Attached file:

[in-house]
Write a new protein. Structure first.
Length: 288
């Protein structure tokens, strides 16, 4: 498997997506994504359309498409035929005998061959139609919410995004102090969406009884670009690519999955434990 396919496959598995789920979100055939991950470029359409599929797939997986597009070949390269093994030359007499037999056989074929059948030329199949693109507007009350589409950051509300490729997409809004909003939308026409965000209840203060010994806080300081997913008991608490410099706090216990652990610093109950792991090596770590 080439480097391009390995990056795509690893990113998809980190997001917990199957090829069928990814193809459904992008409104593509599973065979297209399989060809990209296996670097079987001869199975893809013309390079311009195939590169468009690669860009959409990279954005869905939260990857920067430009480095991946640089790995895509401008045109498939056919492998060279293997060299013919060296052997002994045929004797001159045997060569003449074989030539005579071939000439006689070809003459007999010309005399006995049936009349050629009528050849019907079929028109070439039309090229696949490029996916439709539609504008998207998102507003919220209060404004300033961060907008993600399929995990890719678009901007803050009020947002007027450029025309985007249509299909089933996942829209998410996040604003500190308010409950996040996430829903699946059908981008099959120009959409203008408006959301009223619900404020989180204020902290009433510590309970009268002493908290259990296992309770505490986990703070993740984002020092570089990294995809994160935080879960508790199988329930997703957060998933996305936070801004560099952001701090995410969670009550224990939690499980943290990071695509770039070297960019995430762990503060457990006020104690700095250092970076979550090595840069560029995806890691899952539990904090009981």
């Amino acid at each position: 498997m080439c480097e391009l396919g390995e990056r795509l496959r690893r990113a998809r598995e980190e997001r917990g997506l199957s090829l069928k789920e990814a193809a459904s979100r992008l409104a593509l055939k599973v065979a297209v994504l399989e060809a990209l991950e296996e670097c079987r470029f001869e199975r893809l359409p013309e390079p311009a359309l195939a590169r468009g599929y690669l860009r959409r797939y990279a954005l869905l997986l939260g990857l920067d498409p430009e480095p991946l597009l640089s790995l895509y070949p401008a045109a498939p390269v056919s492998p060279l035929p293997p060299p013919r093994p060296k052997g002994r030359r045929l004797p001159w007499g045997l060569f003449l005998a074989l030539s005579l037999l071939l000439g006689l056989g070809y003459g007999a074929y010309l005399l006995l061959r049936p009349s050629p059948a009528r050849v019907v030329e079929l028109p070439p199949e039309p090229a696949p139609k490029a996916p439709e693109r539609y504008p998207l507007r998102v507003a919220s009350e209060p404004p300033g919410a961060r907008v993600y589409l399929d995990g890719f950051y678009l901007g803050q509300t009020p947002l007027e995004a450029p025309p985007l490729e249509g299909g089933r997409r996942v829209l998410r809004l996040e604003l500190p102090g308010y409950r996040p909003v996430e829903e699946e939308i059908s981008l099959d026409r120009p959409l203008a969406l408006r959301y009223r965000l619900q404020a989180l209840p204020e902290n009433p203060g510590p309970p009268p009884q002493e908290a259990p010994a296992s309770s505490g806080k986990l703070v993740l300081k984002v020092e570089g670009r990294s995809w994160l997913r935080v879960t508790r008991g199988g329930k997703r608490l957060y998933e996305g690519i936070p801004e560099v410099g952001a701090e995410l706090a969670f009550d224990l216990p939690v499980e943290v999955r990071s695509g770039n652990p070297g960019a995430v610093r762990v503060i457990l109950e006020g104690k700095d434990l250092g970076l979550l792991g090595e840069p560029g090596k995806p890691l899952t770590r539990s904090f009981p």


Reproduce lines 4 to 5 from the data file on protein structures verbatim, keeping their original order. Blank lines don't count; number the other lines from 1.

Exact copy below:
């Protein structure tokens, strides 16, 4: 498997997506994504359309498409035929005998061959139609919410995004102090969406009884670009690519999955434990 396919496959598995789920979100055939991950470029359409599929797939997986597009070949390269093994030359007499037999056989074929059948030329199949693109507007009350589409950051509300490729997409809004909003939308026409965000209840203060010994806080300081997913008991608490410099706090216990652990610093109950792991090596770590 080439480097391009390995990056795509690893990113998809980190997001917990199957090829069928990814193809459904992008409104593509599973065979297209399989060809990209296996670097079987001869199975893809013309390079311009195939590169468009690669860009959409990279954005869905939260990857920067430009480095991946640089790995895509401008045109498939056919492998060279293997060299013919060296052997002994045929004797001159045997060569003449074989030539005579071939000439006689070809003459007999010309005399006995049936009349050629009528050849019907079929028109070439039309090229696949490029996916439709539609504008998207998102507003919220209060404004300033961060907008993600399929995990890719678009901007803050009020947002007027450029025309985007249509299909089933996942829209998410996040604003500190308010409950996040996430829903699946059908981008099959120009959409203008408006959301009223619900404020989180204020902290009433510590309970009268002493908290259990296992309770505490986990703070993740984002020092570089990294995809994160935080879960508790199988329930997703957060998933996305936070801004560099952001701090995410969670009550224990939690499980943290990071695509770039070297960019995430762990503060457990006020104690700095250092970076979550090595840069560029995806890691899952539990904090009981």
């Amino acid at each position: 498997m080439c480097e391009l396919g390995e990056r795509l496959r690893r990113a998809r598995e980190e997001r917990g997506l199957s090829l069928k789920e990814a193809a459904s979100r992008l409104a593509l055939k599973v065979a297209v994504l399989e060809a990209l991950e296996e670097c079987r470029f001869e199975r893809l359409p013309e390079p311009a359309l195939a590169r468009g599929y690669l860009r959409r797939y990279a954005l869905l997986l939260g990857l920067d498409p430009e480095p991946l597009l640089s790995l895509y070949p401008a045109a498939p390269v056919s492998p060279l035929p293997p060299p013919r093994p060296k052997g002994r030359r045929l004797p001159w007499g045997l060569f003449l005998a074989l030539s005579l037999l071939l000439g006689l056989g070809y003459g007999a074929y010309l005399l006995l061959r049936p009349s050629p059948a009528r050849v019907v030329e079929l028109p070439p199949e039309p090229a696949p139609k490029a996916p439709e693109r539609y504008p998207l507007r998102v507003a919220s009350e209060p404004p300033g919410a961060r907008v993600y589409l399929d995990g890719f950051y678009l901007g803050q509300t009020p947002l007027e995004a450029p025309p985007l490729e249509g299909g089933r997409r996942v829209l998410r809004l996040e604003l500190p102090g308010y409950r996040p909003v996430e829903e699946e939308i059908s981008l099959d026409r120009p959409l203008a969406l408006r959301y009223r965000l619900q404020a989180l209840p204020e902290n009433p203060g510590p309970p009268p009884q002493e908290a259990p010994a296992s309770s505490g806080k986990l703070v993740l300081k984002v020092e570089g670009r990294s995809w994160l997913r935080v879960t508790r008991g199988g329930k997703r608490l957060y998933e996305g690519i936070p801004e560099v410099g952001a701090e995410l706090a969670f009550d224990l216990p939690v499980e943290v999955r990071s695509g770039n652990p070297g960019a995430v610093r762990v503060i457990l109950e006020g104690k700095d434990l250092g970076l979550l792991g090595e840069p560029g090596k995806p890691l899952t770590r539990s904090f009981p």